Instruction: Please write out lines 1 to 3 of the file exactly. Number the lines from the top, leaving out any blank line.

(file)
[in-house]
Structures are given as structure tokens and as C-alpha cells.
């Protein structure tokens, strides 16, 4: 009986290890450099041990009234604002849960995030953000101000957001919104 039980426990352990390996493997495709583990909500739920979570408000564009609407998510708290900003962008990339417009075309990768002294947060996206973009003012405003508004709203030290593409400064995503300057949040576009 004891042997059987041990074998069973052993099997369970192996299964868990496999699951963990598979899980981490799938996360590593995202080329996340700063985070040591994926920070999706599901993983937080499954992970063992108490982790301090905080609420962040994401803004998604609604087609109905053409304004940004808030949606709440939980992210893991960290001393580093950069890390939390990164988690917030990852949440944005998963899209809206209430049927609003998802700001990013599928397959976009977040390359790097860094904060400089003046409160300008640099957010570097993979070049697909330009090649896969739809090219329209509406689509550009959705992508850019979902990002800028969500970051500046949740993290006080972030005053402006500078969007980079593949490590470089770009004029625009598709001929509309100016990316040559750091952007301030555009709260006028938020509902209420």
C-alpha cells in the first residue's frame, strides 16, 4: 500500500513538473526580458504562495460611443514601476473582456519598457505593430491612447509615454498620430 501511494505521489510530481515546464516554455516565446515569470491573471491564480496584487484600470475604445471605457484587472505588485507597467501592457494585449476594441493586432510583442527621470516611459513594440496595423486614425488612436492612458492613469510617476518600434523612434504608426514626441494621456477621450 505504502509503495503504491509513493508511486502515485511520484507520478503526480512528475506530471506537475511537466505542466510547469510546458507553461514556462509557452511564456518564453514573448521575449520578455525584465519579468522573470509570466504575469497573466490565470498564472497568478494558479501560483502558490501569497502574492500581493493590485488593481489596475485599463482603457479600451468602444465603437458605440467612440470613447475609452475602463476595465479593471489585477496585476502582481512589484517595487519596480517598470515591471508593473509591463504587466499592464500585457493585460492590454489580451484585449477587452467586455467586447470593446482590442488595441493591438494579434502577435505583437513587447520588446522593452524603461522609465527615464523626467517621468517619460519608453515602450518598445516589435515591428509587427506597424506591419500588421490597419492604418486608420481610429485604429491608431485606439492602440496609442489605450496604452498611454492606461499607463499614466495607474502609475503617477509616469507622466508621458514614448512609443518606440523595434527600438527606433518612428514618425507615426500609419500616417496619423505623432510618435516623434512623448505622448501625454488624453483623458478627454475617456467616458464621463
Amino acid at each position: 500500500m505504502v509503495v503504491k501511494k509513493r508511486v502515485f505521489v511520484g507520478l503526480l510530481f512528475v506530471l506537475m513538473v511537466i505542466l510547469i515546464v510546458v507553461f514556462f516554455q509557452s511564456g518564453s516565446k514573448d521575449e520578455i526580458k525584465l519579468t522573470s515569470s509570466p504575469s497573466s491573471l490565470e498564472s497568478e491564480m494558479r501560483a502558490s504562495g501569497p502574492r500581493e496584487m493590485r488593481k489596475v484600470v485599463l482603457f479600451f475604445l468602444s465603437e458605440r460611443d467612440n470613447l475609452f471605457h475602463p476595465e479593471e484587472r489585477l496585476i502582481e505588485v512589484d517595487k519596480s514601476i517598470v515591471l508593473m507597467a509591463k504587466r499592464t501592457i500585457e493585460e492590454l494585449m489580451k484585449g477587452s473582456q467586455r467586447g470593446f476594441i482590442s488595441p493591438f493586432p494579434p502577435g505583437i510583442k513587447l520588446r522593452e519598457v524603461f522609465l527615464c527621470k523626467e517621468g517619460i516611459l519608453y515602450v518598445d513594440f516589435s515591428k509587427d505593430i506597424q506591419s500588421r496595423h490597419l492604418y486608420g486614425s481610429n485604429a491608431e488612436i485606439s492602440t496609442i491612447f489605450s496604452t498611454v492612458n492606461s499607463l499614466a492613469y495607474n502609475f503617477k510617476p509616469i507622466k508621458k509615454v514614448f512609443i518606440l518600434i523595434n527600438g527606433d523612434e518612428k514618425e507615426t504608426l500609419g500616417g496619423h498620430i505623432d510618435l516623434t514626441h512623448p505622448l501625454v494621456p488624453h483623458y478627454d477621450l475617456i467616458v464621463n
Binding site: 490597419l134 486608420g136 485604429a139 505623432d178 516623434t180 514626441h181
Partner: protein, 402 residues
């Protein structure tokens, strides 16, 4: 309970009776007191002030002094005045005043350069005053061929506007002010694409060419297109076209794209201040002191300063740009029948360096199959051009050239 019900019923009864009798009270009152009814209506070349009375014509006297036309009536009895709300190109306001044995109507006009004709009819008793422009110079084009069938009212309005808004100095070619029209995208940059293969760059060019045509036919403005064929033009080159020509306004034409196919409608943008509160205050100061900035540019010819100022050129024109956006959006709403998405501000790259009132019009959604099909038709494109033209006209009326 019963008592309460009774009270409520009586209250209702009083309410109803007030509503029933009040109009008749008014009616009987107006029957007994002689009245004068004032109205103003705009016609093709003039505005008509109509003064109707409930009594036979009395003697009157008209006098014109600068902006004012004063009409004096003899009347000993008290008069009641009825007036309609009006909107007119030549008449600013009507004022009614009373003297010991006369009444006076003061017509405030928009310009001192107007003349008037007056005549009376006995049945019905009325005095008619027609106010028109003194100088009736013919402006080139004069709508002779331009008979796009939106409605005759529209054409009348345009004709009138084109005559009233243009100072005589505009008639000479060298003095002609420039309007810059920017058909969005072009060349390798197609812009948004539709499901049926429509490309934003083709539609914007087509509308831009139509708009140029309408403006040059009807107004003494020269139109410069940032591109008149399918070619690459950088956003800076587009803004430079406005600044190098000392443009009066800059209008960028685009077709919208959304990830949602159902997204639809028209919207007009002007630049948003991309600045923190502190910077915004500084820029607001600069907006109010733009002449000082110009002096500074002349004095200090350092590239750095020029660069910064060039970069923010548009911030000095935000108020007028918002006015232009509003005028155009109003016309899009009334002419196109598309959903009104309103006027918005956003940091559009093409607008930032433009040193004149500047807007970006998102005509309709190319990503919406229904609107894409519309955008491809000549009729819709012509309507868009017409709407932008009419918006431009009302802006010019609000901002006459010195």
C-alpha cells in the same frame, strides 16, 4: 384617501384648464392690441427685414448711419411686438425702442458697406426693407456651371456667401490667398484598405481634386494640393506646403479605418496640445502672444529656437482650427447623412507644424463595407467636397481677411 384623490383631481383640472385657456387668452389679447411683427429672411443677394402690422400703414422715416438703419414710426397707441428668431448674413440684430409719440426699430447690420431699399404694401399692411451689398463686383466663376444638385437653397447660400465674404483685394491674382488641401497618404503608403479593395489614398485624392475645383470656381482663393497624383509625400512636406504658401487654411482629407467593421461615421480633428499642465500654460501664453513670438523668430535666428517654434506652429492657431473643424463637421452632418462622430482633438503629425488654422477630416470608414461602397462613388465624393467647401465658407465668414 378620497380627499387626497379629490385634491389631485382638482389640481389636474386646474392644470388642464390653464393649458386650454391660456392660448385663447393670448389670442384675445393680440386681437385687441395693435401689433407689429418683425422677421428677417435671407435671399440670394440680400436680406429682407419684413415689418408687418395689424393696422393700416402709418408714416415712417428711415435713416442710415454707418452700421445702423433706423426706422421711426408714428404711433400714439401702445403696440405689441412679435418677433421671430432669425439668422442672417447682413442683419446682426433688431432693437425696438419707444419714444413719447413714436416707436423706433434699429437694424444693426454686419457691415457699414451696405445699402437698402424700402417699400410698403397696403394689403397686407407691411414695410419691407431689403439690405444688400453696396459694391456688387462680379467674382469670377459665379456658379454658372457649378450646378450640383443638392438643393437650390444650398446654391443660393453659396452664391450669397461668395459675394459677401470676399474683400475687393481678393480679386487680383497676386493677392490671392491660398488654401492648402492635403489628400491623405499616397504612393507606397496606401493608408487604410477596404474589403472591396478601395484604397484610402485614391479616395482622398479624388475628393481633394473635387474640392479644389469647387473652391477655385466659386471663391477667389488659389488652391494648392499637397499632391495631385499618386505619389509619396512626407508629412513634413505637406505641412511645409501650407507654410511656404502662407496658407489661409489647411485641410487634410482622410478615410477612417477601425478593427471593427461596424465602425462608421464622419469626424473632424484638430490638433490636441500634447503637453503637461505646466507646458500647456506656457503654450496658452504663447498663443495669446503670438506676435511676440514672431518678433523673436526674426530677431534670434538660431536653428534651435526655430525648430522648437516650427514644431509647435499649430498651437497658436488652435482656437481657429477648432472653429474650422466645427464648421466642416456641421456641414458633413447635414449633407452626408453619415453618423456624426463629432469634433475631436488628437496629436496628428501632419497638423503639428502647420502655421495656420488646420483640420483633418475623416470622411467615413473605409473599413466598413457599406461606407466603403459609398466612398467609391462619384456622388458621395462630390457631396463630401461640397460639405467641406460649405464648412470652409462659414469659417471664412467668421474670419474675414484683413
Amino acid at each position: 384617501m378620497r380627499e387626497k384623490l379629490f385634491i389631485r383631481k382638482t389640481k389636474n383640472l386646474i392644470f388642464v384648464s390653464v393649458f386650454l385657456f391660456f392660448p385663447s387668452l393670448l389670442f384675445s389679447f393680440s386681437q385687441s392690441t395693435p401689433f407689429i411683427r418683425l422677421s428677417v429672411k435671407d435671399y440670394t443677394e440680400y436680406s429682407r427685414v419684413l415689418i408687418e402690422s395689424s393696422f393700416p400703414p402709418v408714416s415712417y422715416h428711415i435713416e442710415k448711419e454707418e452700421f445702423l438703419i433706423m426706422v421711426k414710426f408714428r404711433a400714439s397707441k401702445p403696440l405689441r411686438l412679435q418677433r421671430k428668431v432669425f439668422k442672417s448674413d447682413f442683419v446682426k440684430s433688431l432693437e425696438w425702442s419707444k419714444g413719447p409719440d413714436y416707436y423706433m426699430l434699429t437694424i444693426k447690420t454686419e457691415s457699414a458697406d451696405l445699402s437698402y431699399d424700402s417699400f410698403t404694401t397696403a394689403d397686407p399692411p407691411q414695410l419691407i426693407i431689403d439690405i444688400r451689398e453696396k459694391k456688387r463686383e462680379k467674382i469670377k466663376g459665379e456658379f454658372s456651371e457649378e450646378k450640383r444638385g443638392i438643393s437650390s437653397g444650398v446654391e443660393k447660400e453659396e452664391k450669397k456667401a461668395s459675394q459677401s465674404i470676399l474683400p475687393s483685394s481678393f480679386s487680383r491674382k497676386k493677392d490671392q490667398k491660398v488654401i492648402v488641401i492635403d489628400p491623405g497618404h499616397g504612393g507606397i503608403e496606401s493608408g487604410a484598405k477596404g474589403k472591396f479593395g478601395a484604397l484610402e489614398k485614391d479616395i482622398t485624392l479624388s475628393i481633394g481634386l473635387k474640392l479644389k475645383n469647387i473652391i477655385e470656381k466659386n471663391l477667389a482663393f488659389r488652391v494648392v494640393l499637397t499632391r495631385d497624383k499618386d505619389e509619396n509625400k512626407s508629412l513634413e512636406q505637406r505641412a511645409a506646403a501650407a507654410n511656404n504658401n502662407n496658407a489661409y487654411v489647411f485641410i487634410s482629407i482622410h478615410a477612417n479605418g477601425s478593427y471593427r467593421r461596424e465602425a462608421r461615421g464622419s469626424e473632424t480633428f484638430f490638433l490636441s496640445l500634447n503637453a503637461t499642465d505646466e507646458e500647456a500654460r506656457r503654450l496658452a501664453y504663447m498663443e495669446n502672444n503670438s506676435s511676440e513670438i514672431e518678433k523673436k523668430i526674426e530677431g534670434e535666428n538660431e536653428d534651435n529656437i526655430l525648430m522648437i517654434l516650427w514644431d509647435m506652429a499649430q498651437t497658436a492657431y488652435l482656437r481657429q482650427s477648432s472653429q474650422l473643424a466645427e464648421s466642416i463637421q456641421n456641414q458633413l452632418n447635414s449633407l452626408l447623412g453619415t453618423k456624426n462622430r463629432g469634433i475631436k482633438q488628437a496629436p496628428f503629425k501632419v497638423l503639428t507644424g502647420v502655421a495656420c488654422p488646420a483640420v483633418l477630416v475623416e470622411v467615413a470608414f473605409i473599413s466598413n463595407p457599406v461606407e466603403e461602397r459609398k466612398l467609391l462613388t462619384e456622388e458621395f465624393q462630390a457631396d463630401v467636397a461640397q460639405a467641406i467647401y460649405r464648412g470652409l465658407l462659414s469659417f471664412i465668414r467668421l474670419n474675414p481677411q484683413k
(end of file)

[in-house]
Structures are given as structure tokens and as C-alpha cells.
């Protein structure tokens, strides 16, 4: 009986290890450099041990009234604002849960995030953000101000957001919104 039980426990352990390996493997495709583990909500739920979570408000564009609407998510708290900003962008990339417009075309990768002294947060996206973009003012405003508004709203030290593409400064995503300057949040576009 004891042997059987041990074998069973052993099997369970192996299964868990496999699951963990598979899980981490799938996360590593995202080329996340700063985070040591994926920070999706599901993983937080499954992970063992108490982790301090905080609420962040994401803004998604609604087609109905053409304004940004808030949606709440939980992210893991960290001393580093950069890390939390990164988690917030990852949440944005998963899209809206209430049927609003998802700001990013599928397959976009977040390359790097860094904060400089003046409160300008640099957010570097993979070049697909330009090649896969739809090219329209509406689509550009959705992508850019979902990002800028969500970051500046949740993290006080972030005053402006500078969007980079593949490590470089770009004029625009598709001929509309100016990316040559750091952007301030555009709260006028938020509902209420």